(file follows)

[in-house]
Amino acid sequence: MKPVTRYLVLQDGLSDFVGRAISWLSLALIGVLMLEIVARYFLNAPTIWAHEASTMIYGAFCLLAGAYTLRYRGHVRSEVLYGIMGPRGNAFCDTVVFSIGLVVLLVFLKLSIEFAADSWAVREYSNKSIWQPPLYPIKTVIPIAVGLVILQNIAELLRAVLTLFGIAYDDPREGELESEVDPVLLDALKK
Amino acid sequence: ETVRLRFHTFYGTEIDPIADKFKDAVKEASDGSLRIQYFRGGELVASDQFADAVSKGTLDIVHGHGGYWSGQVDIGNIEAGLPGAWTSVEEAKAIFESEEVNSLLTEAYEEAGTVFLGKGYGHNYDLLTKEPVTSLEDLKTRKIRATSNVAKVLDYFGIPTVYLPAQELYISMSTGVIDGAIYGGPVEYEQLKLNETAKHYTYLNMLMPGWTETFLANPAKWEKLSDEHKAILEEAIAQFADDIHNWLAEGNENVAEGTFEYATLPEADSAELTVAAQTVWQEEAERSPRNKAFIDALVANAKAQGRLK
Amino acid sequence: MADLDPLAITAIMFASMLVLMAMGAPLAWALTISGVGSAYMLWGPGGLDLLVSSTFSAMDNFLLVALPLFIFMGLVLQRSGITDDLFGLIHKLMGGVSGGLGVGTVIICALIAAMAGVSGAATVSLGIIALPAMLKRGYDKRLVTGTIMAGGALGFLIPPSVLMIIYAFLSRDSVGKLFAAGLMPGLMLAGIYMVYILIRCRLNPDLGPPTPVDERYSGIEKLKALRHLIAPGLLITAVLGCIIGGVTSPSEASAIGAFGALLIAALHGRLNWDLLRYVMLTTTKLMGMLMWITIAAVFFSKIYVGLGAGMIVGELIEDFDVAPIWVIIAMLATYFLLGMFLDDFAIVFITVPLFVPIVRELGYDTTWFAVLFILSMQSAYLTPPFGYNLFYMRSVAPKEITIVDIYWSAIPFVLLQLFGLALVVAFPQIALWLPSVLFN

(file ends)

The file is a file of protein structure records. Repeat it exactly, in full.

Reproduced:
[in-house]
Amino acid sequence: MKPVTRYLVLQDGLSDFVGRAISWLSLALIGVLMLEIVARYFLNAPTIWAHEASTMIYGAFCLLAGAYTLRYRGHVRSEVLYGIMGPRGNAFCDTVVFSIGLVVLLVFLKLSIEFAADSWAVREYSNKSIWQPPLYPIKTVIPIAVGLVILQNIAELLRAVLTLFGIAYDDPREGELESEVDPVLLDALKK
Amino acid sequence: ETVRLRFHTFYGTEIDPIADKFKDAVKEASDGSLRIQYFRGGELVASDQFADAVSKGTLDIVHGHGGYWSGQVDIGNIEAGLPGAWTSVEEAKAIFESEEVNSLLTEAYEEAGTVFLGKGYGHNYDLLTKEPVTSLEDLKTRKIRATSNVAKVLDYFGIPTVYLPAQELYISMSTGVIDGAIYGGPVEYEQLKLNETAKHYTYLNMLMPGWTETFLANPAKWEKLSDEHKAILEEAIAQFADDIHNWLAEGNENVAEGTFEYATLPEADSAELTVAAQTVWQEEAERSPRNKAFIDALVANAKAQGRLK
Amino acid sequence: MADLDPLAITAIMFASMLVLMAMGAPLAWALTISGVGSAYMLWGPGGLDLLVSSTFSAMDNFLLVALPLFIFMGLVLQRSGITDDLFGLIHKLMGGVSGGLGVGTVIICALIAAMAGVSGAATVSLGIIALPAMLKRGYDKRLVTGTIMAGGALGFLIPPSVLMIIYAFLSRDSVGKLFAAGLMPGLMLAGIYMVYILIRCRLNPDLGPPTPVDERYSGIEKLKALRHLIAPGLLITAVLGCIIGGVTSPSEASAIGAFGALLIAALHGRLNWDLLRYVMLTTTKLMGMLMWITIAAVFFSKIYVGLGAGMIVGELIEDFDVAPIWVIIAMLATYFLLGMFLDDFAIVFITVPLFVPIVRELGYDTTWFAVLFILSMQSAYLTPPFGYNLFYMRSVAPKEITIVDIYWSAIPFVLLQLFGLALVVAFPQIALWLPSVLFN